I know. I know. “Where have you been?!” I appreciate the email inquiries. The short answer is I’ve been trapped in my office, fending off an onslaught of students. Such is the life of a departmental chair at a nationally-ranked liberal arts college. There’s been other distractions as well associated with the start of the semester (teaching a new election class!), and with giving election-year talks. So that’s my excuse for the scarcity of posts. I’ll try to do better now as academic-related activities begin to slow.
Meanwhile, in my blogging absence, the presidential campaign has, apparently, all but ended, with Romney suffering an ignominious defeat. Or so the pundits tell me. Evidently, Mitt’s political “death” was precipitated by several causes. First there was the disastrous Republican convention, lowlighted by Clint Eastwood talking to a chair. That was followed by the brilliantly orchestrated Democratic Convention, highlighted by the Big Dog’s mesmerizing recitation of his…er….Obama’s accomplishments. Then Romney dug himself a deeper hole by seeming to politicize Libyan Ambassador Chris Steven’s death through some ill-timed remarks. Romney dumped the final shovelful on his own political grave by accusing 47% of voters – many of them presumably his own supporters – of suffering from an “entitlement ethos” that makes them overly dependent on government programs.
That last “devastating” gaffe was enough to convince several pundits (see here and here) that Romney had “lost the election.” Forgive me if I’m not persuaded, and why I think you should not be either. Not surprisingly, of course, the pundits who are certifying that the campaign is over are all Obama supporters. More importantly, however, is that the polling data, while indicating that Obama may have gained a couple of percentage points over Romney compared to the pre-convention polls, still show this as a tight race. The latest Pollster.com aggregate poll has Obama up by 3%, at 48.1%-45.1.%. On the day before the Republican convention, Obama led by 1.4% in their composite poll. At RealClearPolitics, Obama leads by 3.9%, 48.6%-44.7%. He was up by 1.4% there before the conventions. So there is evidence that the cumulative polling impact of the “devastating” period (for Romney) has cost him about 1.6%-2.5% in the polls. That’s not insignificant, particularly in a tight race, but I don’t see this as proof of Romney’s demise either.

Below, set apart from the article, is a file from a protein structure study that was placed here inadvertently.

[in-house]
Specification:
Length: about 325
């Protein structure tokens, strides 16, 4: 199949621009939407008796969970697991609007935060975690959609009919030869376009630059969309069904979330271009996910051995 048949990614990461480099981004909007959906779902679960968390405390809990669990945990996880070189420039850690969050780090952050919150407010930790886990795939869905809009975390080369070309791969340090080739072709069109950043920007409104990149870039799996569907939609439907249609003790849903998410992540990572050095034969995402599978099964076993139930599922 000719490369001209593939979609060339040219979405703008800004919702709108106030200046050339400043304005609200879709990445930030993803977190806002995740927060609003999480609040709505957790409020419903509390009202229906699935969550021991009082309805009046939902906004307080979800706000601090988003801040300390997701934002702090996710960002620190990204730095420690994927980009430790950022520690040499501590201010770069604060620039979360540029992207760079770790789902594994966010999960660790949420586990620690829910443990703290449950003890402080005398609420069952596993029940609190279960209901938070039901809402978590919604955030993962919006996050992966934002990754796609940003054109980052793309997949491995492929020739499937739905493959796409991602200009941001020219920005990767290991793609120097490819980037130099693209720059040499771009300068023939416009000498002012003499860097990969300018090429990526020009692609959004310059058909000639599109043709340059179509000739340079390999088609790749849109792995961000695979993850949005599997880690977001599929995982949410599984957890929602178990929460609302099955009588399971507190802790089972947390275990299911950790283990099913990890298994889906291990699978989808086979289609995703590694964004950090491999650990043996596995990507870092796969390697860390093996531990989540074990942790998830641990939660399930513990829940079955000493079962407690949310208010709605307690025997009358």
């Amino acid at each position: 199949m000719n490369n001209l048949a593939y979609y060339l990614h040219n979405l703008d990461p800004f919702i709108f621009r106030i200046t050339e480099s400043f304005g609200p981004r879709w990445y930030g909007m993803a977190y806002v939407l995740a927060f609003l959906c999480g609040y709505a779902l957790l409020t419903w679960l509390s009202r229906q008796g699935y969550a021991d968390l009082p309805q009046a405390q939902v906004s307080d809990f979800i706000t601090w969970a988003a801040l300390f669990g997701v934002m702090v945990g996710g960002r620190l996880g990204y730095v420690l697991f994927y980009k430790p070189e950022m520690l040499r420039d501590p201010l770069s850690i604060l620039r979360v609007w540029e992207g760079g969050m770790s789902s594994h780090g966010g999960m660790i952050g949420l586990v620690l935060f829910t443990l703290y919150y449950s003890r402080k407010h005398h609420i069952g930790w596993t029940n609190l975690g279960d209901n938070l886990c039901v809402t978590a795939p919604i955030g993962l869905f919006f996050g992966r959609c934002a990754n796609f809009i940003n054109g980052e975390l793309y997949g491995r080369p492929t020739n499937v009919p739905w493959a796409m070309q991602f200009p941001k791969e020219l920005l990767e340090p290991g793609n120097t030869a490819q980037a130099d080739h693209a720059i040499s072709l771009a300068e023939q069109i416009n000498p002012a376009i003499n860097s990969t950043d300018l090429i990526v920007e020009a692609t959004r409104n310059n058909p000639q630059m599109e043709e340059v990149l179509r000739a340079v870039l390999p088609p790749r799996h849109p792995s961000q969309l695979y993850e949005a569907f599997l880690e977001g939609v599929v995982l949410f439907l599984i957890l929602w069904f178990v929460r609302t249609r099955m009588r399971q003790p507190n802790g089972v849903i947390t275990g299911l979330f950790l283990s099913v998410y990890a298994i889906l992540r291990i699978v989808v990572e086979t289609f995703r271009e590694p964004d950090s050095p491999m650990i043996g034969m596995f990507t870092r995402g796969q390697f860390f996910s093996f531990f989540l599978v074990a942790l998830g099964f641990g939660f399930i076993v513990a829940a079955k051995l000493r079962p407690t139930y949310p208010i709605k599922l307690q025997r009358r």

In assessing the claims that we have just witnessed a turning point in the campaign, I suggest keeping several factors in mind. First, neither candidate got a huge convention boost as measured by historical standards although my read of the polls is that the net polling advantage in convention bumps went to Obama. Already, however, we see signs that some of that initial Democratic convention bump has dissipated.
Second , as John Sides argues, the shelf-life of presidential candidates’ rhetorical gaffes is surprisingly short. Here’s John’s chart showing just how little previous rhetorical gaffes, such as Obama’s “You didn’t build that” remark, have actually moved the polling needle. Romney may have gained a percentage point or two due to Obama’s statements, but it’s hard to say that permanently changed the race, particularly since Romney’s support dipped down again shortly after.
As I’ve discussed previously, these remarks tend not to have much impact largely because they are filtered through voters’ preexisting ideological beliefs. For this reason, I doubt Mitt’s 47% comment is the game changer that partisan pundits predict/hope it will be. Remember, campaigns tend not to change votes so much as they activate latent predispositions among voters. Yes, it’s possible this time will be different, and that Mitt’s remarks really are a turning point. But in the absence of evidence indicating why this time should be different, forgive me if I don’t take the partisan pundits’ words for it.
Already, the talking heads are debating just how bad a candidate Mitt is. But, while he may not be the most well-liked guy, it is not clear to me that he is underperforming the economic fundamentals by all that much, if at all, based on current polls. Much depends, of course, on which forecast model you believe. As I’ve discussed in several previous posts, more than one forecast model has Obama winning this race by a very close margin. Taken as a whole, as I’ll discuss in a future post, the forecast models see this race as a toss-up. And that’s not far from where the aggregate polling has it right now. Remember, whenever a candidate appears to be losing, media pundits invariably point to failures in candidate strategy and/or in the candidates’ perceived personal shortcomings. But that doesn’t mean that assessment is right. And I don’t think it is right this time either.